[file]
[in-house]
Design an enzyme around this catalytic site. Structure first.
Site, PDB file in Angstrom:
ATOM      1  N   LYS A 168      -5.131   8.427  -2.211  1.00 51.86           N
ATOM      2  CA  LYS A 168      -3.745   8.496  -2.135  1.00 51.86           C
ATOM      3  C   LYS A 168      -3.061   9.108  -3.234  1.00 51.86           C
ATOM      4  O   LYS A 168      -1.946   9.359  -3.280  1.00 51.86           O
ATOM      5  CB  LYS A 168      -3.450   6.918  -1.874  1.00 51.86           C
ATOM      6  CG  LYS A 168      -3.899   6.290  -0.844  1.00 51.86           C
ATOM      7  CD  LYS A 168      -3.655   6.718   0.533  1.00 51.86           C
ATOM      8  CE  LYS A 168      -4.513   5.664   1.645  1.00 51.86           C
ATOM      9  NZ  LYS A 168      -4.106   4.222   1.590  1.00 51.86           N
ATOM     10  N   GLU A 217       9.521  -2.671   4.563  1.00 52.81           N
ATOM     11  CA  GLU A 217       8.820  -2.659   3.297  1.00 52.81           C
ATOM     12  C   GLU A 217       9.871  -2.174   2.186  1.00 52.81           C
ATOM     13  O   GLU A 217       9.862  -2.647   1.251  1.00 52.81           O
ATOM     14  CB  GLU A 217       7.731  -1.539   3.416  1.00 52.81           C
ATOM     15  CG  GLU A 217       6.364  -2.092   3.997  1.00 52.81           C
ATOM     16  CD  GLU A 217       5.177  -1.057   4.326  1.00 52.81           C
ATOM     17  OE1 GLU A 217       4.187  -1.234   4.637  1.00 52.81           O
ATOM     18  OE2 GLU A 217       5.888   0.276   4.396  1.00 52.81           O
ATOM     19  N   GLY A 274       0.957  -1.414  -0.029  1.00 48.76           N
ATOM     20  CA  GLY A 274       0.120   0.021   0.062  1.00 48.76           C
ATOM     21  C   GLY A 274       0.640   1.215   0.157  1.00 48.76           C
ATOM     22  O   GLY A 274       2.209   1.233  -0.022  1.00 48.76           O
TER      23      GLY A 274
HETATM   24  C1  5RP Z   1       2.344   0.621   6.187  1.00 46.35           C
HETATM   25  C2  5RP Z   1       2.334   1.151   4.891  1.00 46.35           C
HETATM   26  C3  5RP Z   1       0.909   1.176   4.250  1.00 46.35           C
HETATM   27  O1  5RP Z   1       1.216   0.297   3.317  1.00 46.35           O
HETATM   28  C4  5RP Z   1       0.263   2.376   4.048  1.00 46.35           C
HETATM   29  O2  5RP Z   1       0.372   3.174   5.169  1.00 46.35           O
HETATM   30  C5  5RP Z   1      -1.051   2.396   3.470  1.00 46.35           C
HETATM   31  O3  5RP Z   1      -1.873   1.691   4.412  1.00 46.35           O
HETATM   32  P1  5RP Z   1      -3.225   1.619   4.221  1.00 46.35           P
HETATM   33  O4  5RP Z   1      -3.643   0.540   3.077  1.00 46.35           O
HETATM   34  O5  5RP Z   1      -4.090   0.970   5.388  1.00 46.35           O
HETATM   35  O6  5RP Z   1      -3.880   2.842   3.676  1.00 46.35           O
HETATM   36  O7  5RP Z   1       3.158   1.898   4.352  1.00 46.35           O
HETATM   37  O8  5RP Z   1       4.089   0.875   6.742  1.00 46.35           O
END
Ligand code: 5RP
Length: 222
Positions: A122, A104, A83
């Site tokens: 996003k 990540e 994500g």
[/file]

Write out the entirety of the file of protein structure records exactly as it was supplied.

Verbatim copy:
[in-house]
Design an enzyme around this catalytic site. Structure first.
Site, PDB file in Angstrom:
ATOM      1  N   LYS A 168      -5.131   8.427  -2.211  1.00 51.86           N
ATOM      2  CA  LYS A 168      -3.745   8.496  -2.135  1.00 51.86           C
ATOM      3  C   LYS A 168      -3.061   9.108  -3.234  1.00 51.86           C
ATOM      4  O   LYS A 168      -1.946   9.359  -3.280  1.00 51.86           O
ATOM      5  CB  LYS A 168      -3.450   6.918  -1.874  1.00 51.86           C
ATOM      6  CG  LYS A 168      -3.899   6.290  -0.844  1.00 51.86           C
ATOM      7  CD  LYS A 168      -3.655   6.718   0.533  1.00 51.86           C
ATOM      8  CE  LYS A 168      -4.513   5.664   1.645  1.00 51.86           C
ATOM      9  NZ  LYS A 168      -4.106   4.222   1.590  1.00 51.86           N
ATOM     10  N   GLU A 217       9.521  -2.671   4.563  1.00 52.81           N
ATOM     11  CA  GLU A 217       8.820  -2.659   3.297  1.00 52.81           C
ATOM     12  C   GLU A 217       9.871  -2.174   2.186  1.00 52.81           C
ATOM     13  O   GLU A 217       9.862  -2.647   1.251  1.00 52.81           O
ATOM     14  CB  GLU A 217       7.731  -1.539   3.416  1.00 52.81           C
ATOM     15  CG  GLU A 217       6.364  -2.092   3.997  1.00 52.81           C
ATOM     16  CD  GLU A 217       5.177  -1.057   4.326  1.00 52.81           C
ATOM     17  OE1 GLU A 217       4.187  -1.234   4.637  1.00 52.81           O
ATOM     18  OE2 GLU A 217       5.888   0.276   4.396  1.00 52.81           O
ATOM     19  N   GLY A 274       0.957  -1.414  -0.029  1.00 48.76           N
ATOM     20  CA  GLY A 274       0.120   0.021   0.062  1.00 48.76           C
ATOM     21  C   GLY A 274       0.640   1.215   0.157  1.00 48.76           C
ATOM     22  O   GLY A 274       2.209   1.233  -0.022  1.00 48.76           O
TER      23      GLY A 274
HETATM   24  C1  5RP Z   1       2.344   0.621   6.187  1.00 46.35           C
HETATM   25  C2  5RP Z   1       2.334   1.151   4.891  1.00 46.35           C
HETATM   26  C3  5RP Z   1       0.909   1.176   4.250  1.00 46.35           C
HETATM   27  O1  5RP Z   1       1.216   0.297   3.317  1.00 46.35           O
HETATM   28  C4  5RP Z   1       0.263   2.376   4.048  1.00 46.35           C
HETATM   29  O2  5RP Z   1       0.372   3.174   5.169  1.00 46.35           O
HETATM   30  C5  5RP Z   1      -1.051   2.396   3.470  1.00 46.35           C
HETATM   31  O3  5RP Z   1      -1.873   1.691   4.412  1.00 46.35           O
HETATM   32  P1  5RP Z   1      -3.225   1.619   4.221  1.00 46.35           P
HETATM   33  O4  5RP Z   1      -3.643   0.540   3.077  1.00 46.35           O
HETATM   34  O5  5RP Z   1      -4.090   0.970   5.388  1.00 46.35           O
HETATM   35  O6  5RP Z   1      -3.880   2.842   3.676  1.00 46.35           O
HETATM   36  O7  5RP Z   1       3.158   1.898   4.352  1.00 46.35           O
HETATM   37  O8  5RP Z   1       4.089   0.875   6.742  1.00 46.35           O
END
Ligand code: 5RP
Length: 222
Positions: A122, A104, A83
């Site tokens: 996003k 990540e 994500g």